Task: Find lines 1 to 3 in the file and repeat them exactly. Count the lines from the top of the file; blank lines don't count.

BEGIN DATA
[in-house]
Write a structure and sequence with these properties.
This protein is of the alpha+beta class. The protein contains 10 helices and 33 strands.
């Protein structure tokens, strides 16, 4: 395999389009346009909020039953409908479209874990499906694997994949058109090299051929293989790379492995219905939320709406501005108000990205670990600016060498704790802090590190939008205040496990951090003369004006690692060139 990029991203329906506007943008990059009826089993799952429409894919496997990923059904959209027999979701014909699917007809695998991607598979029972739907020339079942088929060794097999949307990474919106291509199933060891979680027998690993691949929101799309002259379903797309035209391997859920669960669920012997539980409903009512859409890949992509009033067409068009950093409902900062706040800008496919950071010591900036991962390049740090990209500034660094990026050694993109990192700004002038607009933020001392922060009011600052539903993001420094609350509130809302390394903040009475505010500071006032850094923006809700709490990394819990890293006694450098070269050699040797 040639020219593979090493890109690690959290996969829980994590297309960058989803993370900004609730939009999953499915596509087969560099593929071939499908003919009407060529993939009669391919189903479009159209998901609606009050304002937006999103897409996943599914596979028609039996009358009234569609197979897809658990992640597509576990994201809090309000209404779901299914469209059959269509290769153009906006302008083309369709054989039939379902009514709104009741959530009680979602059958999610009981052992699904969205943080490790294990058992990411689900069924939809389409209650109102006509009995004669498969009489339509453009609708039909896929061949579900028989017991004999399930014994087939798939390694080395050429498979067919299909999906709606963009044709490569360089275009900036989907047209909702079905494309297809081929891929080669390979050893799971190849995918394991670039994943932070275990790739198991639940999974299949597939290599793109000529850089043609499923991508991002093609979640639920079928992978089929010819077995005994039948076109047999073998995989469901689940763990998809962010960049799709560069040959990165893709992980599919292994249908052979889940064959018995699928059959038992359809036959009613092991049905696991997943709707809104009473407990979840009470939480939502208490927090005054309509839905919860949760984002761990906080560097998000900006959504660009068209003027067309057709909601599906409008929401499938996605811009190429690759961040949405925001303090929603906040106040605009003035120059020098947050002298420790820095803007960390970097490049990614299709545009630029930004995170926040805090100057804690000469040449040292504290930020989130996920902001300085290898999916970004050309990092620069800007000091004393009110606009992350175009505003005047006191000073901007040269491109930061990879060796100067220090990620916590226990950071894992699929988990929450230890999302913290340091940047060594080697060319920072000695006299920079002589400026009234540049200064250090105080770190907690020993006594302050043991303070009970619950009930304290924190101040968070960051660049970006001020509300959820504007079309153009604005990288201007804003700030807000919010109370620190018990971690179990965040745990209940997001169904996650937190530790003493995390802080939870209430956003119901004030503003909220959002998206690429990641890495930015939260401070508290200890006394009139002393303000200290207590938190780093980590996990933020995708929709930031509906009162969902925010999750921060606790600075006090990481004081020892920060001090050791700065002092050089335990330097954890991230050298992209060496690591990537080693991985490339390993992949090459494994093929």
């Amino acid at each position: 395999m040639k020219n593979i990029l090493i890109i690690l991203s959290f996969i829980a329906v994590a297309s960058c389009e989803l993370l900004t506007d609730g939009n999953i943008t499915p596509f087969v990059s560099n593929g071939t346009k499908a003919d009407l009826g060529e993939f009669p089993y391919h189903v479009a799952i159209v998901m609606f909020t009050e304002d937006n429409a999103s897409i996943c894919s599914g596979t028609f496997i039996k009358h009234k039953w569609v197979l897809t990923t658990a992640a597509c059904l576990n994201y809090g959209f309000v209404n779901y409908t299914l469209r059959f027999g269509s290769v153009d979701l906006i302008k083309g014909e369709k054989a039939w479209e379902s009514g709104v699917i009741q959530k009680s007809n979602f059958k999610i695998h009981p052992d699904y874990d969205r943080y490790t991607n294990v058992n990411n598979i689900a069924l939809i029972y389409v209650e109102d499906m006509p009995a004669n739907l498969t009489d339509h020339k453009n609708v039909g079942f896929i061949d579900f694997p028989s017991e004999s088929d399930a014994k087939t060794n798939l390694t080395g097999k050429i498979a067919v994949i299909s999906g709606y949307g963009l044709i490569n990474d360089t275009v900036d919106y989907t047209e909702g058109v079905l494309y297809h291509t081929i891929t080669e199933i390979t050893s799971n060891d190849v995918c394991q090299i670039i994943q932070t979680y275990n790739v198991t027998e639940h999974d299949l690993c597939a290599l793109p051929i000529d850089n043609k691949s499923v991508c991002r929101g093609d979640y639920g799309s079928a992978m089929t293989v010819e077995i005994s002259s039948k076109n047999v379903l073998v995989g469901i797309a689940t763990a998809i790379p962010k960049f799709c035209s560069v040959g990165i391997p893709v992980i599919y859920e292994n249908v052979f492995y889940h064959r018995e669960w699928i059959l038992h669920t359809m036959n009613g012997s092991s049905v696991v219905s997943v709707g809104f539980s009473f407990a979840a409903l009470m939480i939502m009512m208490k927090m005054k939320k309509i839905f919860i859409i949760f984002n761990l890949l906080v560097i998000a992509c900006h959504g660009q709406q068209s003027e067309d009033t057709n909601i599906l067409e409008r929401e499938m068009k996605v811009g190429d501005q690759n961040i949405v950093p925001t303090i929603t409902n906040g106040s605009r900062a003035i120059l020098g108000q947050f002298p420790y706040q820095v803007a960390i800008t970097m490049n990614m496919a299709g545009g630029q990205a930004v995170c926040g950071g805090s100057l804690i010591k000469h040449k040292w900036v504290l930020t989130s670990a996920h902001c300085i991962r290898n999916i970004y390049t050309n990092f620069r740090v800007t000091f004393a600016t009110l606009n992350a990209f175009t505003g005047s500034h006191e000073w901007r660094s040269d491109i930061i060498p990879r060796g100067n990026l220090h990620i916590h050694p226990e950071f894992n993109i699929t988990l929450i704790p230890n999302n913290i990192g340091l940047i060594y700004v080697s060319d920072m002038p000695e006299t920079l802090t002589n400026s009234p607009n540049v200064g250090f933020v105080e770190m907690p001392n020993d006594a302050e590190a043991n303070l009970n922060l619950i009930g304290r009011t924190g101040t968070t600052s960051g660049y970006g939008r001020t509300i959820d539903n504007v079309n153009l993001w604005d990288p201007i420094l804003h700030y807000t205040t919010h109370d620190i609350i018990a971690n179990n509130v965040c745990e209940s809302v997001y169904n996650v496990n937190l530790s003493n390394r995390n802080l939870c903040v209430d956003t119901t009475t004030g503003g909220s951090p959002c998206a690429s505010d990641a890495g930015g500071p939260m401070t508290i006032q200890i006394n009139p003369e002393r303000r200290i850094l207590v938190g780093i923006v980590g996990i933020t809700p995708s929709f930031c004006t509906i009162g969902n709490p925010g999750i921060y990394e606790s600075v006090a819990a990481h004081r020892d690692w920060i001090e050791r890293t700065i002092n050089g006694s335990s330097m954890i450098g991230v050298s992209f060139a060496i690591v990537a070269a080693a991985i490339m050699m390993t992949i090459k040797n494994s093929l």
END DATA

[in-house]
Write a structure and sequence with these properties.
This protein is of the alpha+beta class. The protein contains 10 helices and 33 strands.